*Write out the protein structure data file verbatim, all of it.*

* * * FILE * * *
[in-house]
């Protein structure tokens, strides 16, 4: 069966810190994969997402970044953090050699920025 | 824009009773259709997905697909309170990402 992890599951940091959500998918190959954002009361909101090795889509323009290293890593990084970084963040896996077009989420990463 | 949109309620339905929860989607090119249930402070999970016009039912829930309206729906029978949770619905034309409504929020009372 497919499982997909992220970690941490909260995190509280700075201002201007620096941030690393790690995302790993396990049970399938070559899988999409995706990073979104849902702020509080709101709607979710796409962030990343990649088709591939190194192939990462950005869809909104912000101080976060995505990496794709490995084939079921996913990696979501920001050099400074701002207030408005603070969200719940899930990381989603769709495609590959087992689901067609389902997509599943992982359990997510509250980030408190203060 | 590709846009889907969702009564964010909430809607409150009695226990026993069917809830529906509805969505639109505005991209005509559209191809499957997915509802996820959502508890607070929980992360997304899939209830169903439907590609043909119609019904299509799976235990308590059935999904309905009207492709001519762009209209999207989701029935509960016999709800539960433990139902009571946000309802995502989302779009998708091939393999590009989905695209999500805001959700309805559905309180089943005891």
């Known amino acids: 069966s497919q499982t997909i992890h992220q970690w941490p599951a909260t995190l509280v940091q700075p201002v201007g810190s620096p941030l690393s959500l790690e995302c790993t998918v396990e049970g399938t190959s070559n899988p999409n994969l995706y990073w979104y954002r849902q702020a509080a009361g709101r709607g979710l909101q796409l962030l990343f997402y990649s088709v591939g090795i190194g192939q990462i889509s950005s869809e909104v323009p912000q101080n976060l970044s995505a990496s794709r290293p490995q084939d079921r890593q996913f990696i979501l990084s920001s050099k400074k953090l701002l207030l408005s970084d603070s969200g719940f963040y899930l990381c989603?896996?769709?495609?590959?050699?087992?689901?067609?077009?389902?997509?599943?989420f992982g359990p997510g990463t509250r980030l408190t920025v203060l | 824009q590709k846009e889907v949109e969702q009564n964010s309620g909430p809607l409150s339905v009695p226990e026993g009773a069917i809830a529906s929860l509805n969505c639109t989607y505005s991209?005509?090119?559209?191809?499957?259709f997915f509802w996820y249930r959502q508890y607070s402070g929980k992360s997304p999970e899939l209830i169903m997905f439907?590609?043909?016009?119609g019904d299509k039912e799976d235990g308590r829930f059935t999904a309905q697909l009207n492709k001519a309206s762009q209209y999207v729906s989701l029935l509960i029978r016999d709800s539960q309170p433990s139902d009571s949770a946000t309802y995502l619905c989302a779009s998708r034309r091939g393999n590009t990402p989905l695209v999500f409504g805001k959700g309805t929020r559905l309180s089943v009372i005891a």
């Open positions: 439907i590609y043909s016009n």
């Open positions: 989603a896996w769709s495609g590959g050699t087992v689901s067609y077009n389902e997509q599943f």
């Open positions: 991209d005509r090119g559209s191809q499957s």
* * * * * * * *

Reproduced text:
[in-house]
């Protein structure tokens, strides 16, 4: 069966810190994969997402970044953090050699920025 | 824009009773259709997905697909309170990402 992890599951940091959500998918190959954002009361909101090795889509323009290293890593990084970084963040896996077009989420990463 | 949109309620339905929860989607090119249930402070999970016009039912829930309206729906029978949770619905034309409504929020009372 497919499982997909992220970690941490909260995190509280700075201002201007620096941030690393790690995302790993396990049970399938070559899988999409995706990073979104849902702020509080709101709607979710796409962030990343990649088709591939190194192939990462950005869809909104912000101080976060995505990496794709490995084939079921996913990696979501920001050099400074701002207030408005603070969200719940899930990381989603769709495609590959087992689901067609389902997509599943992982359990997510509250980030408190203060 | 590709846009889907969702009564964010909430809607409150009695226990026993069917809830529906509805969505639109505005991209005509559209191809499957997915509802996820959502508890607070929980992360997304899939209830169903439907590609043909119609019904299509799976235990308590059935999904309905009207492709001519762009209209999207989701029935509960016999709800539960433990139902009571946000309802995502989302779009998708091939393999590009989905695209999500805001959700309805559905309180089943005891």
């Known amino acids: 069966s497919q499982t997909i992890h992220q970690w941490p599951a909260t995190l509280v940091q700075p201002v201007g810190s620096p941030l690393s959500l790690e995302c790993t998918v396990e049970g399938t190959s070559n899988p999409n994969l995706y990073w979104y954002r849902q702020a509080a009361g709101r709607g979710l909101q796409l962030l990343f997402y990649s088709v591939g090795i190194g192939q990462i889509s950005s869809e909104v323009p912000q101080n976060l970044s995505a990496s794709r290293p490995q084939d079921r890593q996913f990696i979501l990084s920001s050099k400074k953090l701002l207030l408005s970084d603070s969200g719940f963040y899930l990381c989603?896996?769709?495609?590959?050699?087992?689901?067609?077009?389902?997509?599943?989420f992982g359990p997510g990463t509250r980030l408190t920025v203060l | 824009q590709k846009e889907v949109e969702q009564n964010s309620g909430p809607l409150s339905v009695p226990e026993g009773a069917i809830a529906s929860l509805n969505c639109t989607y505005s991209?005509?090119?559209?191809?499957?259709f997915f509802w996820y249930r959502q508890y607070s402070g929980k992360s997304p999970e899939l209830i169903m997905f439907?590609?043909?016009?119609g019904d299509k039912e799976d235990g308590r829930f059935t999904a309905q697909l009207n492709k001519a309206s762009q209209y999207v729906s989701l029935l509960i029978r016999d709800s539960q309170p433990s139902d009571s949770a946000t309802y995502l619905c989302a779009s998708r034309r091939g393999n590009t990402p989905l695209v999500f409504g805001k959700g309805t929020r559905l309180s089943v009372i005891a």
């Open positions: 439907i590609y043909s016009n």
């Open positions: 989603a896996w769709s495609g590959g050699t087992v689901s067609y077009n389902e997509q599943f």
């Open positions: 991209d005509r090119g559209s191809q499957s």